An article from

'The Topographical, Statistical, and Historical Gazetteer of Scotland'

Published by A.Fullarton and Co. - 1848

Turnberry Castle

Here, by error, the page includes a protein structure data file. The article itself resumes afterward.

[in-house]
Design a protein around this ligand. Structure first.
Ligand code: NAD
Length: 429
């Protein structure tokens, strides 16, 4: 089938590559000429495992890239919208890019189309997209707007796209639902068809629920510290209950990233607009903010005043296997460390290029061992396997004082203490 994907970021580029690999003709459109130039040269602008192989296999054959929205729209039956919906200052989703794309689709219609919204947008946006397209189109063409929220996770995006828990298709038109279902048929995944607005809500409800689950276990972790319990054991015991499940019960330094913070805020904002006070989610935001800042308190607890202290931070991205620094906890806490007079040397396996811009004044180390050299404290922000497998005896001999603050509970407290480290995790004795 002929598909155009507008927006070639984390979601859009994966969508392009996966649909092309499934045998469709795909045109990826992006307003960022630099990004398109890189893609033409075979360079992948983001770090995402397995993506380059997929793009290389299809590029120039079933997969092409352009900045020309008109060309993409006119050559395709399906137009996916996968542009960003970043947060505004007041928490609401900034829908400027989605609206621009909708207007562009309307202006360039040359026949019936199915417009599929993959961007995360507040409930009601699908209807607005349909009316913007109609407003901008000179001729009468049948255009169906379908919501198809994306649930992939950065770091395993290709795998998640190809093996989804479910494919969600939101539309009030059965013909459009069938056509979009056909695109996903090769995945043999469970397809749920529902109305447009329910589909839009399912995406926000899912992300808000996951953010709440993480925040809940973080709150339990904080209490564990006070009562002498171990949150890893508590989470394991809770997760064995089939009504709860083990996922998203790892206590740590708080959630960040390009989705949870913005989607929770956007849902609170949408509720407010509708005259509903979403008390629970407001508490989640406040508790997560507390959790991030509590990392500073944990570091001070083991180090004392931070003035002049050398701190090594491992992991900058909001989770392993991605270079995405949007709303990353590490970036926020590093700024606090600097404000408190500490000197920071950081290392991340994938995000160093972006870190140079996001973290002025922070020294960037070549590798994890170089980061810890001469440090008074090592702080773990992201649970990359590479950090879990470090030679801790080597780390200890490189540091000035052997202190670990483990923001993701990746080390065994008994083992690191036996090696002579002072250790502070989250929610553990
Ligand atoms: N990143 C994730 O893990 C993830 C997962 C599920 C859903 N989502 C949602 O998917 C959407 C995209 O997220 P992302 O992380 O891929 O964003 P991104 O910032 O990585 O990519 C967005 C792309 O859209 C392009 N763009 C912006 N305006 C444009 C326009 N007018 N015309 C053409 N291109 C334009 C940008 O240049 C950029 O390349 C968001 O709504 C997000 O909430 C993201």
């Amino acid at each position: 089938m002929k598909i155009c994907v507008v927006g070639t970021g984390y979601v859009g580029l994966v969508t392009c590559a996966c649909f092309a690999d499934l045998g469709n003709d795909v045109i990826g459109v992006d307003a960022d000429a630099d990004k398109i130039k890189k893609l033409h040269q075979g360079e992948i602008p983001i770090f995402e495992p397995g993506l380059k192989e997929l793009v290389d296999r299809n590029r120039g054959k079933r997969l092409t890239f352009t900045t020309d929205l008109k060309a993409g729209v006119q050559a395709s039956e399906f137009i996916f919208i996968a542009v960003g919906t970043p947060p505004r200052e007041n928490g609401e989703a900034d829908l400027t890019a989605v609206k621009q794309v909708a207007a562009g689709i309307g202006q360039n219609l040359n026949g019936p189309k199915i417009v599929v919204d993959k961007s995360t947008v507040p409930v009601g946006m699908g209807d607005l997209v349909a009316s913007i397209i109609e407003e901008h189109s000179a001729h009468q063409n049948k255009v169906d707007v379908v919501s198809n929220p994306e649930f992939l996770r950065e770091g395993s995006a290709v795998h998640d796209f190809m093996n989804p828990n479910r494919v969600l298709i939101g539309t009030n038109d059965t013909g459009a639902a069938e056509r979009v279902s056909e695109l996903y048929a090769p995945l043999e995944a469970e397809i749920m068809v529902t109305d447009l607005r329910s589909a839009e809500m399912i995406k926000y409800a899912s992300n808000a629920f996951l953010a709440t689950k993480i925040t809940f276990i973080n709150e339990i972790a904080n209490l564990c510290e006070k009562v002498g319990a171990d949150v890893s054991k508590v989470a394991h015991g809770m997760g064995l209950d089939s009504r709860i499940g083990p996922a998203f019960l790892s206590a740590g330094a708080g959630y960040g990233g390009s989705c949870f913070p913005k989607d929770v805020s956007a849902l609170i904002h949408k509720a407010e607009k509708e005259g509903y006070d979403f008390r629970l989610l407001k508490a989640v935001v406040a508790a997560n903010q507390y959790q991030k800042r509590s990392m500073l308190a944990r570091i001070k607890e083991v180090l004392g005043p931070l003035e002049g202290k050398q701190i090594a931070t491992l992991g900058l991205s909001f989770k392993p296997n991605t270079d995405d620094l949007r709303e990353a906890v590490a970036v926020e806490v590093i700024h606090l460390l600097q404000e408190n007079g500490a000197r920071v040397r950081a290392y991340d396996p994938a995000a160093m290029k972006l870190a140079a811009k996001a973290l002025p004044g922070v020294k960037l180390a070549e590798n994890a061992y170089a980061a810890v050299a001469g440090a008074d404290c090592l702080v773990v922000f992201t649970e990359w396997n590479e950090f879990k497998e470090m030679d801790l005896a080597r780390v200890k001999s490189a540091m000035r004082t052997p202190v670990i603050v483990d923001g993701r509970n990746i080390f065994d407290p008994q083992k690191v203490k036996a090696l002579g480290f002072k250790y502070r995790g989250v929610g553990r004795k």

TURNBERRY-CASTLE, a celebrated ruin on the coast of the parish of Kirkoswald, 6 miles north of the town of Girvan, Ayrshire. When or by whom it was built, is altogether uncertain. It seems to have been one of the castles of the old Gaelic Lords of Galloway: and, when the Gallowegian dominions became divided into the part which continues to bear their name, and the part which has been integrated with Ayrshire, it appears to have been adopted as the principal seat of the Earls of Carrick. In 1274 Martha, Countess of Carrick, resided here at the epoch of her marriage with Robert Bruce of Annandale. On the 20th of September, 1286, it was the scene of the first recorded association or assembly of Scottish nobles, —one which had for its object to support the title of the competitor Bruce to the Crown. In 1300 it was held by an English garrison under Earl Percy; and some years after, while it still continued in the possession of the English, King Robert Bruce stormed it, drove out the garrison, and obliged them to retire to Ayr. It received such damage in the storming as to be virtually destroyed; and it does not appear to have ever afterwards been inhabited. A kiln-fire lighted in the neighbourhood was once mistaken by Bruce for a preconcerted signal, and brought him prematurely over from Arran to attempt the deliverance of his country and the rescue of his Crown. The castle has suffered so severely from the action of sea and weather, and the ruthlessness of dilapidators, as to have little remaining but its lower vaults and cellars; but from indications which are furnished by these, by some vestiges of a drawbridge, and by the extent of rock which seems to have been included in the site, it appears to have been a fortress of great capaciousness and strength. It occupies a small promontory, so as to be washed on three sides by the sea; and, on the land side, it overlooks a rich plain of upwards of 600 acres. Its site commands a full prospect of all the lower frith of the Clyde. Grose has preserved a view of the ruins as they existed when he wrote.  

 

 

 

 

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